Second life for children’s bikes

Amsterdam is collecting (children’s) bikes from people who no longer need them, to pass on to children who can put them to good use. In this way, the municipality aims to get more children on a bike. Because Amsterdam is a bike city, and a bike gives children freedom of movement. It is estimated that in the city districts where the bicycle is used the least (North, New West and Southeast) some 6,000 children do not cycle. Because they don’t have a bike, even though they would like to cycle.

Children grow fast, before you know they’ve outgrown that shirt. Or that bike. It’s a shame if a bike rusts away in a bicycle stand or storage box. Amsterdam residents with an unused bike can make an appointment to have it collected by the municipality. The bike gets fixed and gets a second life via the foundation ‘Stichting Leergeld Amsterdam’ with a child between 4 and 18 years who wants to cycle but does not have a bike. Often this is with families who have little to spend. For some years, the foundation ‘Stichting Leergeld Amsterdam’ has donated bikes to young Amsterdammers. In 2021 they donated some 1,000 bikes, but the demand for bikes is higher. The municipality aims to increase the number of donated bikes with 200 to 300, thus giving an incentive for all children to start cycling.

Cycling incentives

The campaign ‘Ready with your bike? Pass it on!’, in which the municipality asks people to hand in old bikes, started in April. The campaign is part of a larger programme giving children and young people an incentive to use a bike more often. Because cycling is a part of Amsterdam, and it is an efficient, clean, and healthy way to get from A to B.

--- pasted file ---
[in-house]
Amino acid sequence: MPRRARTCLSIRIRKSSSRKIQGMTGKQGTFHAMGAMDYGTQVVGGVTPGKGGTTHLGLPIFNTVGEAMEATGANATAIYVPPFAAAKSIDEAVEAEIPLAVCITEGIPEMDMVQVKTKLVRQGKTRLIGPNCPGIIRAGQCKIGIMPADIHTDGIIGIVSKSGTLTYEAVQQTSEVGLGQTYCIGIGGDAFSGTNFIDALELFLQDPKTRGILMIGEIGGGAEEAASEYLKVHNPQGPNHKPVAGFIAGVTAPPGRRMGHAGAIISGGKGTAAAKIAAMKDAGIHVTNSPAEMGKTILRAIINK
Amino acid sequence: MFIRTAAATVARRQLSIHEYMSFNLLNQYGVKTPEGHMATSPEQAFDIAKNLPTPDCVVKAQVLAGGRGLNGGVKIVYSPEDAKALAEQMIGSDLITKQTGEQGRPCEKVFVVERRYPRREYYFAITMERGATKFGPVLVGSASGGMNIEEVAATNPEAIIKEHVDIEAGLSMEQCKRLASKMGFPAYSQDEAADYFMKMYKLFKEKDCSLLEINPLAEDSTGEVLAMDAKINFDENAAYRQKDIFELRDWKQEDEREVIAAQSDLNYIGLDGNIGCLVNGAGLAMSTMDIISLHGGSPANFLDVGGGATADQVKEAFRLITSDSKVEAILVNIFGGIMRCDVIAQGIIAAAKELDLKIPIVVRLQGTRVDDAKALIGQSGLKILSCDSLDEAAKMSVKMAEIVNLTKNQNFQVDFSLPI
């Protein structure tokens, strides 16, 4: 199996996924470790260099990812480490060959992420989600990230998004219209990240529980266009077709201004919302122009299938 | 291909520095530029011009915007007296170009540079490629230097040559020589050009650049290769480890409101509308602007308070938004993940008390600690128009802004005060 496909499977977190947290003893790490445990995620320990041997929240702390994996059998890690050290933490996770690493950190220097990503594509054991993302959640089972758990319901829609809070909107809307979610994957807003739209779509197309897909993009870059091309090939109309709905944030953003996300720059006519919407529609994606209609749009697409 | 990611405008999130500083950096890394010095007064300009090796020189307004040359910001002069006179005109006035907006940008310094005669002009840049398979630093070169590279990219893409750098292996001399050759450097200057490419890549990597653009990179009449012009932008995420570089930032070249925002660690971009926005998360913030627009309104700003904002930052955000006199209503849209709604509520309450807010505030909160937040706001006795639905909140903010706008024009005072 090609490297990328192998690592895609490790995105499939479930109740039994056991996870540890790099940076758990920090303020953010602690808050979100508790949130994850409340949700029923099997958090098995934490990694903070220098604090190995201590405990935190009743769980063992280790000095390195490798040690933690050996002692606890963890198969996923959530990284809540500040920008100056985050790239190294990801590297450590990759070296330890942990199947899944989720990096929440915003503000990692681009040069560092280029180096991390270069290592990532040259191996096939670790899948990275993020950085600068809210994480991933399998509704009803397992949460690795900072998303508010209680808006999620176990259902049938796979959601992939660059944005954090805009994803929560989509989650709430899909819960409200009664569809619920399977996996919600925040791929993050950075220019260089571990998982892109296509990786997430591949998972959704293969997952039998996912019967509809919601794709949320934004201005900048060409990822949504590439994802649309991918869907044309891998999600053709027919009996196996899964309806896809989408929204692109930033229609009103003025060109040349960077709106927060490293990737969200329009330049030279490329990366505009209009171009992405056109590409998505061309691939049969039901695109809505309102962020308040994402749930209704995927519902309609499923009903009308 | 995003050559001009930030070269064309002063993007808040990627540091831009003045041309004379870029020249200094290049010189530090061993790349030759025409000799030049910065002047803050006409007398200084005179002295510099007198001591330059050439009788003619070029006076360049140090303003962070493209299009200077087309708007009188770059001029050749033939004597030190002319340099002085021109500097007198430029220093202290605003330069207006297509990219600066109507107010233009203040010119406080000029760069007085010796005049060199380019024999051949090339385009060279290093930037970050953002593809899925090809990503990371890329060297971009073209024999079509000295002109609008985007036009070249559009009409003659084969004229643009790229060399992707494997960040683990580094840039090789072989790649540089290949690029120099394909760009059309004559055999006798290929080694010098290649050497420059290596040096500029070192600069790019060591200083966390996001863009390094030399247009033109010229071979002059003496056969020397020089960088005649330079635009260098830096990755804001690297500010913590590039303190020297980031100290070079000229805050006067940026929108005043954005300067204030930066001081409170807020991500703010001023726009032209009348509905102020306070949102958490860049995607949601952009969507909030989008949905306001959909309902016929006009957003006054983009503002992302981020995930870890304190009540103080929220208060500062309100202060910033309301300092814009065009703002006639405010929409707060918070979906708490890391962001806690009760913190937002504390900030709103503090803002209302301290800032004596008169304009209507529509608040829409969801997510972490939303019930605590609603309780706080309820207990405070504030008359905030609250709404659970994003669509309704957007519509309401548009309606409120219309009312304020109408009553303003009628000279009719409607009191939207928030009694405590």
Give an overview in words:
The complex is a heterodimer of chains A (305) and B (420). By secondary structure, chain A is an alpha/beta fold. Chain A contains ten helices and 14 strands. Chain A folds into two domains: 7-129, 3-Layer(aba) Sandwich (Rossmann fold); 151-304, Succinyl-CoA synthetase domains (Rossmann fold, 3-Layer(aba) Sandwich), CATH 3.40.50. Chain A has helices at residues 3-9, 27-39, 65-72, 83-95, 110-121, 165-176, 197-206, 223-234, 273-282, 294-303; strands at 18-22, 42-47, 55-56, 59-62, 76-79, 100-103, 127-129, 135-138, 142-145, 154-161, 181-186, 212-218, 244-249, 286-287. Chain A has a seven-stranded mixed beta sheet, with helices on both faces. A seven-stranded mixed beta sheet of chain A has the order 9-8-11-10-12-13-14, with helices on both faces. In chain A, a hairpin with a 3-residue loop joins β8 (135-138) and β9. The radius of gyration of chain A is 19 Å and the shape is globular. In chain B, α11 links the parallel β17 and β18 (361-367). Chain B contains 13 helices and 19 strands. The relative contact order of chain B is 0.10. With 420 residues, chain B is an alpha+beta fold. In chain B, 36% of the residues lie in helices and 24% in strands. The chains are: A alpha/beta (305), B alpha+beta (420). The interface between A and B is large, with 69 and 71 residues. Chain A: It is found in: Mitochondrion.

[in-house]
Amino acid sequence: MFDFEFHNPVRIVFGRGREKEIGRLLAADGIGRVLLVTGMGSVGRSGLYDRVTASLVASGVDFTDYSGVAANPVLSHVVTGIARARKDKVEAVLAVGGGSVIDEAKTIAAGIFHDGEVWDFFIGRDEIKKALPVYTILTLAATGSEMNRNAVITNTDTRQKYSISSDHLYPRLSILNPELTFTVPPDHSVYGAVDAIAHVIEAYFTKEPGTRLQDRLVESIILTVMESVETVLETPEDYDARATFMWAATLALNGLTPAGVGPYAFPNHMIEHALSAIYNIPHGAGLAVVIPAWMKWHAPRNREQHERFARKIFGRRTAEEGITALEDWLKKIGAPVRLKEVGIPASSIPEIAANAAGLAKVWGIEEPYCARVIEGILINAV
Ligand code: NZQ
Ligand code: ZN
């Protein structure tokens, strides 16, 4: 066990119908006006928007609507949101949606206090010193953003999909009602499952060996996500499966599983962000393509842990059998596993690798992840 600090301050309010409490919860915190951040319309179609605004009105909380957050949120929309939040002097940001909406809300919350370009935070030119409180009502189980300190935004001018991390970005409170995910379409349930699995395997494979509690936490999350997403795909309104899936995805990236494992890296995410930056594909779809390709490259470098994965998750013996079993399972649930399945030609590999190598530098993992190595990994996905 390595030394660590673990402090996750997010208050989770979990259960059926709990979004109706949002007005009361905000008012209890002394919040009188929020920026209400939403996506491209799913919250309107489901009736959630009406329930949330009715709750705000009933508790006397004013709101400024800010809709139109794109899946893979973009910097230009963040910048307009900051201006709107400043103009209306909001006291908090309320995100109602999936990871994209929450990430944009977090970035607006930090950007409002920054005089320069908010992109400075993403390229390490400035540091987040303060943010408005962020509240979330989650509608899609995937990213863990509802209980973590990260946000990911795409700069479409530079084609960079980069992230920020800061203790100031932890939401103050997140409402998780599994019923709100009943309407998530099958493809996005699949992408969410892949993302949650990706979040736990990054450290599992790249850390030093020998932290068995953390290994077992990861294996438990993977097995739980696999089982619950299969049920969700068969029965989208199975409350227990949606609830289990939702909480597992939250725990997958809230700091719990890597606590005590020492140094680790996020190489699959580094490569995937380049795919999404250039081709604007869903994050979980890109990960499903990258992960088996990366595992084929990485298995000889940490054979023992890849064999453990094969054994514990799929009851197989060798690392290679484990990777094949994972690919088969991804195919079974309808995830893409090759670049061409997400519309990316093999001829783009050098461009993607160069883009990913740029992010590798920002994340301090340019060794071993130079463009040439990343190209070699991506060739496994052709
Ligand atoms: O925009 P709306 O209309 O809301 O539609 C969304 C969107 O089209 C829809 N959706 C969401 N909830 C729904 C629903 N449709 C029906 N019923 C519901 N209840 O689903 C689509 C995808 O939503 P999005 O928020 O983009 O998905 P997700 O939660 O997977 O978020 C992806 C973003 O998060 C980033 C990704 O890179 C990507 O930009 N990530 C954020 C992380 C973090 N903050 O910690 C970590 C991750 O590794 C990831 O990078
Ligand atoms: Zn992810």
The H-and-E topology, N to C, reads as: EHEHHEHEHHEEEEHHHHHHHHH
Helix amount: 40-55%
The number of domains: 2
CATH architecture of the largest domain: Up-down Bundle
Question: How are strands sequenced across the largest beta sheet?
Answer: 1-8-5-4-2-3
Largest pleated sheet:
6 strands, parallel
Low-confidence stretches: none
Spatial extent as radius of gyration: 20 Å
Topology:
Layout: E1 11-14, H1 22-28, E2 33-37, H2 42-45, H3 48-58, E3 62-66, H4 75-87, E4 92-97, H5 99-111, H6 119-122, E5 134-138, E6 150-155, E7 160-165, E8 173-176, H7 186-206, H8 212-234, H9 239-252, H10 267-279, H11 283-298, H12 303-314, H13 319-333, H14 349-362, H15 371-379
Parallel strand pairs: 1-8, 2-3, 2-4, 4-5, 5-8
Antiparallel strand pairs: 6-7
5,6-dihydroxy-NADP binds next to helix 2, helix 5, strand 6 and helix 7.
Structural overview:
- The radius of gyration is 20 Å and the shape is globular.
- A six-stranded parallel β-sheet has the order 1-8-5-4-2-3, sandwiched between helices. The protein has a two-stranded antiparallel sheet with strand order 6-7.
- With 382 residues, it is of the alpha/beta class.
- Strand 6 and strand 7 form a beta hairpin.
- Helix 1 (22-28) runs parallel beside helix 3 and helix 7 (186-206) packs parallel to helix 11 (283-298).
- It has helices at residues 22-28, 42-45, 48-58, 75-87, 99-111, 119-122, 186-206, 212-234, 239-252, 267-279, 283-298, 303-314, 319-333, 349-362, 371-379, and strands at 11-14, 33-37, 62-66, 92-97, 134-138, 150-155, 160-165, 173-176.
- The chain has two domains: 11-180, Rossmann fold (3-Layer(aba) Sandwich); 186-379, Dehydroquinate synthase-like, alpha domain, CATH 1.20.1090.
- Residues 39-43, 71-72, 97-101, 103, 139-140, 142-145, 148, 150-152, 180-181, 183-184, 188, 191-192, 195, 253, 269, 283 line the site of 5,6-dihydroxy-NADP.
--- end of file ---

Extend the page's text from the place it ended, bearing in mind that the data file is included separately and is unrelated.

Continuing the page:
For example, a pilot has been started in cooperation with the national football association to stimulate young sporters to use the bike to go to a training or match. Children are often brought to these events by car. The pilot ‘The New Bicycle’ consists of bicycle lessons for children who are new in Amsterdam and don’t speak Dutch very well. In this way they get acquainted with biking and the bike culture of Amsterdam. As well as that, there is a subsidy available for initiatives that get more people on bikes, in city districts where bikes are used the least.

Quarter of children

In 2020, Amsterdam newspaper Het Parool headlined that a quarter of the children can’t ride a bike. This is most common in families with low income and with children with a migration background. And it is often related to parents who don’t ride a bike, and parents’ fear of traffic accidents, causing children to learn to ride a bike less often than in cases where children have parents who grew up with bikes. The municipality has done in-depth research among target audiences and is now starting several initiatives aimed at stimulating children (and their parents) to start cycling. All initiatives are monitored, the number of children who keep cycling after each initiative is measured.


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